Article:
There's always this sense that the other characters are making reference to Kennedy's charisma, his flair, and his confidence -- all the things that America and the world saw when the real Jack Kennedy was running for and acting as president of the United States of America -- but we never see it in the show. We see him go after women with a look on his face like, "Wow, do they actually like ME?" We see him and Bobby approach their father Joe for counseling in a way that you think dad's going to reach over the desk and clunk their heads together like Moe. We see him deliver his inauguration speech, a landmark moment in 20th century American history, with the kind of sheepishness and frailty that looks as if he peed his pants.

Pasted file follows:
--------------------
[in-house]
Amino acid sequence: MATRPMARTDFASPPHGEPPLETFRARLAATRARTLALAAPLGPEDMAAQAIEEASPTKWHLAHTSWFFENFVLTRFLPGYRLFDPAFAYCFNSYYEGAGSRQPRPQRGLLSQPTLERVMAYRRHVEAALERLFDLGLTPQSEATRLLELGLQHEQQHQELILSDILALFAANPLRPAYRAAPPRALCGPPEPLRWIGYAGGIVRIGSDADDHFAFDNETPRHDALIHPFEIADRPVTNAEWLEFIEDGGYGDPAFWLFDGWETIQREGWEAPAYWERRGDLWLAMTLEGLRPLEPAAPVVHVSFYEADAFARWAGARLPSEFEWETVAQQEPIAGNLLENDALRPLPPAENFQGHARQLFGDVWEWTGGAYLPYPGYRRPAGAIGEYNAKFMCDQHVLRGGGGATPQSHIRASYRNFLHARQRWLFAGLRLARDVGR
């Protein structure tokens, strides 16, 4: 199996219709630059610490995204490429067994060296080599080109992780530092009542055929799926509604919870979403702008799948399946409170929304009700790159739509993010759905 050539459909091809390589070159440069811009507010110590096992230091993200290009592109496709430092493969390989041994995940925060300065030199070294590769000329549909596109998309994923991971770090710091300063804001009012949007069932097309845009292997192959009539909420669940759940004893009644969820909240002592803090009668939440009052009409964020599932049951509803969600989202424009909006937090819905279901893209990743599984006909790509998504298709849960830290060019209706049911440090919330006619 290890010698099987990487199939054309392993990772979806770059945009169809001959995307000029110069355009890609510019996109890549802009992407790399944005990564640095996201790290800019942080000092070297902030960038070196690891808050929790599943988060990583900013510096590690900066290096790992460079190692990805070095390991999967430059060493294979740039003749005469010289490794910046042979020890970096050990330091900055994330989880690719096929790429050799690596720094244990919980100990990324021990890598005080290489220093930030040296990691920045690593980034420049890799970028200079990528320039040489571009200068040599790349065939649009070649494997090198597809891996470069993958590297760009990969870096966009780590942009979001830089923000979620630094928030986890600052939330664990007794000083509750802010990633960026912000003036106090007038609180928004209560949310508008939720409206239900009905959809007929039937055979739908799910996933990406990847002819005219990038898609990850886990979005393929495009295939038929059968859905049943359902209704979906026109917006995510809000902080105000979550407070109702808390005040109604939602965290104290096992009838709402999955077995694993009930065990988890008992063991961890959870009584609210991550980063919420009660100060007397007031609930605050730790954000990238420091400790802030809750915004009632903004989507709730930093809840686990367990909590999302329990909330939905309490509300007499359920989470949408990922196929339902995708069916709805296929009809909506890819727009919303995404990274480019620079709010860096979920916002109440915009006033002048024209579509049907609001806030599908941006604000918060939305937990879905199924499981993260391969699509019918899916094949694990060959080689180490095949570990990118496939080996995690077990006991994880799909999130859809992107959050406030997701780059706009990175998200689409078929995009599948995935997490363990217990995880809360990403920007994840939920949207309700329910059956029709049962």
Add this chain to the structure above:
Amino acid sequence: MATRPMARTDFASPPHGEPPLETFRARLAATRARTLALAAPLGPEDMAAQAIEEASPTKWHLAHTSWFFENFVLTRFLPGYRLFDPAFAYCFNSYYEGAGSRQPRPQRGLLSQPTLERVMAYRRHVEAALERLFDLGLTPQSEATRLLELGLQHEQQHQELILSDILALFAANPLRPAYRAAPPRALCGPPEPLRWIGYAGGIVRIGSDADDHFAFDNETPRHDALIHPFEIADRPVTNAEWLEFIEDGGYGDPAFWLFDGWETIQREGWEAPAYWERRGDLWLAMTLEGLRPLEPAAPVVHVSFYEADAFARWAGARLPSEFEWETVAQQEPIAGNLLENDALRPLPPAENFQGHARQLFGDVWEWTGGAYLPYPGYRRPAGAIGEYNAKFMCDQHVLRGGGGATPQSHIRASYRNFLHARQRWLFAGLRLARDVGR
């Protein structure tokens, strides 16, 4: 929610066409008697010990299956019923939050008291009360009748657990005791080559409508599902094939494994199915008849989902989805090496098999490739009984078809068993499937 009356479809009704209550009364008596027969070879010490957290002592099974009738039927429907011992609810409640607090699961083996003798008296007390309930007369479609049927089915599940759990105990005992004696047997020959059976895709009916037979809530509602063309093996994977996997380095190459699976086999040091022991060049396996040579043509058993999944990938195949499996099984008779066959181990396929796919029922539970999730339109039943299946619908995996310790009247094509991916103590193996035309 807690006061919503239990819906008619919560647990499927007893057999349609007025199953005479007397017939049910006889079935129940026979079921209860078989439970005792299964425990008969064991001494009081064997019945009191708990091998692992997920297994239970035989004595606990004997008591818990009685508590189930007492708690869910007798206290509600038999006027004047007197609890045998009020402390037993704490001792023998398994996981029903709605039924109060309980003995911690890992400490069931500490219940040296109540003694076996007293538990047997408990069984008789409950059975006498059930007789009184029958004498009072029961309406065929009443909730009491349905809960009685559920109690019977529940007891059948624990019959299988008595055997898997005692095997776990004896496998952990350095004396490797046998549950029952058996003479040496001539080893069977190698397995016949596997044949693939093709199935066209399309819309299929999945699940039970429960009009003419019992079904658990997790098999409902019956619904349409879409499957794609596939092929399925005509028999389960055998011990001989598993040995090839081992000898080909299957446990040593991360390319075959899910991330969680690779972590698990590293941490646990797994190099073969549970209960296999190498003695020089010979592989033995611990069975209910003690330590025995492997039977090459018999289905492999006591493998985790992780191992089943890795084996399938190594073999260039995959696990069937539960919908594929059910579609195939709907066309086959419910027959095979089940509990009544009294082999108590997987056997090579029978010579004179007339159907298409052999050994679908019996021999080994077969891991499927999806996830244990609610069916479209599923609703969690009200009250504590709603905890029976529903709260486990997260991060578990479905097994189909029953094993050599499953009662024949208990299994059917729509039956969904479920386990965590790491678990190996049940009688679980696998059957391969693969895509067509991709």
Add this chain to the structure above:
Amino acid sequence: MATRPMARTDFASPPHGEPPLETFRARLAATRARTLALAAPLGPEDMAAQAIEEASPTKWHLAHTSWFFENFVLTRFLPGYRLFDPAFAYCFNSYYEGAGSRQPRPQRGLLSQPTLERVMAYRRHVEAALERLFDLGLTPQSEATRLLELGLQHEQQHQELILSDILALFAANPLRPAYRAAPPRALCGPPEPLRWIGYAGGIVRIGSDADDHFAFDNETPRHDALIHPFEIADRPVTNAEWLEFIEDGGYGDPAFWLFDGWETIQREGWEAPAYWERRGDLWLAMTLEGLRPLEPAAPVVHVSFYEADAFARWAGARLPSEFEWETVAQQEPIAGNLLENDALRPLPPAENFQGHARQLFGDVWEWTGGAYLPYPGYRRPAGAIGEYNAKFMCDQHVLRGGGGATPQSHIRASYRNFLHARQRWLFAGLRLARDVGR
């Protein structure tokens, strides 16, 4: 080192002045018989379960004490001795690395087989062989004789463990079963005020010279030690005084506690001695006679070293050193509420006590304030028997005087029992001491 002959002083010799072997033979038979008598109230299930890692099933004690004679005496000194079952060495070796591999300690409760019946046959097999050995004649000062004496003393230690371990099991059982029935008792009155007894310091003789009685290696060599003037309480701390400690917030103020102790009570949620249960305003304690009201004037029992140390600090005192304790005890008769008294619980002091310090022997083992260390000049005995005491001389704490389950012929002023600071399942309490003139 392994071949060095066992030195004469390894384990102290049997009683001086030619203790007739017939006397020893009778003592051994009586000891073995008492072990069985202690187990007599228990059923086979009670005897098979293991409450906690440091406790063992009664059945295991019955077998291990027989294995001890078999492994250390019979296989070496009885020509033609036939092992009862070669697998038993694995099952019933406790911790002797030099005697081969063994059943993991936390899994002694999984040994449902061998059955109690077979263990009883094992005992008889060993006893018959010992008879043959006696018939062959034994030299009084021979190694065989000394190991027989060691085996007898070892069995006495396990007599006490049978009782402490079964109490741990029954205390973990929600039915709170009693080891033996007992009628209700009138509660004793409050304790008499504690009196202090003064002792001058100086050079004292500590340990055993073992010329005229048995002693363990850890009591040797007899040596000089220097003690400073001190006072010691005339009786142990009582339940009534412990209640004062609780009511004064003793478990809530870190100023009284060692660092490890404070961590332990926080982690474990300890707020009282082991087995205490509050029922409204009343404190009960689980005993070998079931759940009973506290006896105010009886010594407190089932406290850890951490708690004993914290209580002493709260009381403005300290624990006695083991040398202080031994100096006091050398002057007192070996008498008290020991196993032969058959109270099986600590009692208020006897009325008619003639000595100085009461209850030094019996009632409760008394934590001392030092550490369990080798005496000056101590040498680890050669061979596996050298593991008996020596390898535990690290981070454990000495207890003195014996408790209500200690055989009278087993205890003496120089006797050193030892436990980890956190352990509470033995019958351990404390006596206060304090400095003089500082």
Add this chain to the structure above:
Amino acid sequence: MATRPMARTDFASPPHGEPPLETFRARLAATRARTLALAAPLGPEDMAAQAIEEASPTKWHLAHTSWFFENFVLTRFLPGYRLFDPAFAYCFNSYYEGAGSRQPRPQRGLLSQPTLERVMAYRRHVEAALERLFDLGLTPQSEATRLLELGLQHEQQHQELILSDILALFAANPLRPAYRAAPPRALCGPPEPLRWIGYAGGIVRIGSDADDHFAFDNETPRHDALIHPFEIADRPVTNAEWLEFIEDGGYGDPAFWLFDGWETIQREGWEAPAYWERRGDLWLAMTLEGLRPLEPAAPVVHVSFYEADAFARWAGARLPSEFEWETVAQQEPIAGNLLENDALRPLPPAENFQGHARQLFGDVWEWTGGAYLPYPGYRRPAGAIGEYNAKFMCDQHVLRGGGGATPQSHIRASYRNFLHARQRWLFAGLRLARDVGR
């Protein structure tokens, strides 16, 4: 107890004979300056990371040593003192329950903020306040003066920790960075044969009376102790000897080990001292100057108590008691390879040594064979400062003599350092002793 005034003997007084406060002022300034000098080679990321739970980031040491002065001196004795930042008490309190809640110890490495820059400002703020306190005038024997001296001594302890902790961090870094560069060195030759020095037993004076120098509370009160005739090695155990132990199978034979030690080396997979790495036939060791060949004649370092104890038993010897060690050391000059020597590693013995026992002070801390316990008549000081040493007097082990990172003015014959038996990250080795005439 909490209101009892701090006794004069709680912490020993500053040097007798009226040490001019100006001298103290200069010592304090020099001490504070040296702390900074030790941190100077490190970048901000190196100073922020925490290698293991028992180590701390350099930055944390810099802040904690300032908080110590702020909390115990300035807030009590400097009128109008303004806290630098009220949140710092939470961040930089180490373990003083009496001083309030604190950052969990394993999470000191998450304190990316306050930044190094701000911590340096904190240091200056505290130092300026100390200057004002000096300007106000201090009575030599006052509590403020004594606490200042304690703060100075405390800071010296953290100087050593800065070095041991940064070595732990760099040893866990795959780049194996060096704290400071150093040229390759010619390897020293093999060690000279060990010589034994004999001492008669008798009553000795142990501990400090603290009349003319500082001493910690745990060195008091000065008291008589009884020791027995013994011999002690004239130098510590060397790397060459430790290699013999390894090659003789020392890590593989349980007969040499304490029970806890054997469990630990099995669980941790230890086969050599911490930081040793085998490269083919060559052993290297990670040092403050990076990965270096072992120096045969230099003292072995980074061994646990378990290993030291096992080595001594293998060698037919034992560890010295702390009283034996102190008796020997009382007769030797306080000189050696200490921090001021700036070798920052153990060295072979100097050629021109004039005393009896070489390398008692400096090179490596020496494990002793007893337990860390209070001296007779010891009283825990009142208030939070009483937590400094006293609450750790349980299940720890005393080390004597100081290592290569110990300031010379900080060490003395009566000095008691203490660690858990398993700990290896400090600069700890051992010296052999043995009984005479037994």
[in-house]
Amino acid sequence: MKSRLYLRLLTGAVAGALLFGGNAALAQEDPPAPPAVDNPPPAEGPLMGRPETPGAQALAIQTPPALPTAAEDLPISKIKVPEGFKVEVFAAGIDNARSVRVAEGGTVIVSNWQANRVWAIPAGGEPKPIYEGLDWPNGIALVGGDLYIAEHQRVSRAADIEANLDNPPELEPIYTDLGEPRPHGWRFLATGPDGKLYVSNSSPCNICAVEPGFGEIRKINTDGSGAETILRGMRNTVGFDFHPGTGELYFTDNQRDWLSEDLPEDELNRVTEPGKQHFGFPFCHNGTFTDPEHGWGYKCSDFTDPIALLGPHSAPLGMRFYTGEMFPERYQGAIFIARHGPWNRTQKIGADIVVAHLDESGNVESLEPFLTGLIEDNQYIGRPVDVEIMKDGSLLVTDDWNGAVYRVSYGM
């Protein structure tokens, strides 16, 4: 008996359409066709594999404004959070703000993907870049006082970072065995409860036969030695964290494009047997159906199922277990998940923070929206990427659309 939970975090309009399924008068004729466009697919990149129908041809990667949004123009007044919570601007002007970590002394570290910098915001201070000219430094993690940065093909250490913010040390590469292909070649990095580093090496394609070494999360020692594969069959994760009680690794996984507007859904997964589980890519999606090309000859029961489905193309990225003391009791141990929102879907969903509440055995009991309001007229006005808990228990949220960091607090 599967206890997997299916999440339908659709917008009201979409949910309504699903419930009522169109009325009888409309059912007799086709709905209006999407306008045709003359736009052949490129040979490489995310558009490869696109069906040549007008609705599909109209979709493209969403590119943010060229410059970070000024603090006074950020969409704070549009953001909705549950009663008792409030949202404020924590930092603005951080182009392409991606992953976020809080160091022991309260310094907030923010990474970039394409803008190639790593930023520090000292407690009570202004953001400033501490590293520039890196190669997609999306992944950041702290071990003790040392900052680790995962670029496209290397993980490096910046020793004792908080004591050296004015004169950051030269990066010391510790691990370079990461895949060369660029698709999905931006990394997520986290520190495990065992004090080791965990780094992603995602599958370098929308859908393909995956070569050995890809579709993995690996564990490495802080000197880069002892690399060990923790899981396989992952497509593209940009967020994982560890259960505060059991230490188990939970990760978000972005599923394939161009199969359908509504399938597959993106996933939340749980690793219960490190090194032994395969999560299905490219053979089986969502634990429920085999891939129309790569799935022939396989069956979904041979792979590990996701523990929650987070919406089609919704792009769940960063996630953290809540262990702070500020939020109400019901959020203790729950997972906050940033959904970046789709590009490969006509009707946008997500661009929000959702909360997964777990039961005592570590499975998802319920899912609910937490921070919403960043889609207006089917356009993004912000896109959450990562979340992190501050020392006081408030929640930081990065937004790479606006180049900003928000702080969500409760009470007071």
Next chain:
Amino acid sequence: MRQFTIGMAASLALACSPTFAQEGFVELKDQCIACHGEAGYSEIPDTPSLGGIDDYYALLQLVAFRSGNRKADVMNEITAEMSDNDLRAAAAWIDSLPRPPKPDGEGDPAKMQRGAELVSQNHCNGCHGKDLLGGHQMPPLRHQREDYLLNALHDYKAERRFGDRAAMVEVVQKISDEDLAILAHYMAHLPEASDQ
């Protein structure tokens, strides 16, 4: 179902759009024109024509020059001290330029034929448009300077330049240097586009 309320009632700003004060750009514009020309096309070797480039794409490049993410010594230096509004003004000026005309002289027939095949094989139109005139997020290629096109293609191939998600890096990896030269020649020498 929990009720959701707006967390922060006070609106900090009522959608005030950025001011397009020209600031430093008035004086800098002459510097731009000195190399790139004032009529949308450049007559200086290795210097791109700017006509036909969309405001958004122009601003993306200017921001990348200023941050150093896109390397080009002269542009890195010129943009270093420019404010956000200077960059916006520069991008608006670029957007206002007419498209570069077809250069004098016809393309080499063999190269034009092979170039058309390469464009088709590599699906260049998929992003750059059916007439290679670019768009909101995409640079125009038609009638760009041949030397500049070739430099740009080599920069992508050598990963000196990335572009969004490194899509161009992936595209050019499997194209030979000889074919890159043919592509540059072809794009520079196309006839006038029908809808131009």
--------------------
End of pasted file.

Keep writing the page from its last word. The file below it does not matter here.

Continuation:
This isn't Kinnear's fault, but it's the fault of his previous roles. Oddly, his performance as the cocky, sex-addicted banker in What Planet Are You From? would have perfectly suited the Jack Kennedy that this show was going for.
Was I bothered that the show makes Jack look bad? No. I love Jack Kennedy and everything his image stands for, but I don't mind a show taking a strip off somebody, or off a family -- and, believe me, as much as the producers will deny it, this show does rip the Kennedys apart. But, hell, if the show was more critical of them, it would have been better. It's not revealing or exposing, it's just lame and limp.
They take a strip off of Frank Sinatra, too, and I'm the world's biggest Sinatra fan. Did that bother me? No. What bothered me, however, was that the guy playing him looked nothing like him, but that's the hallmark of the "Hallmark" effect.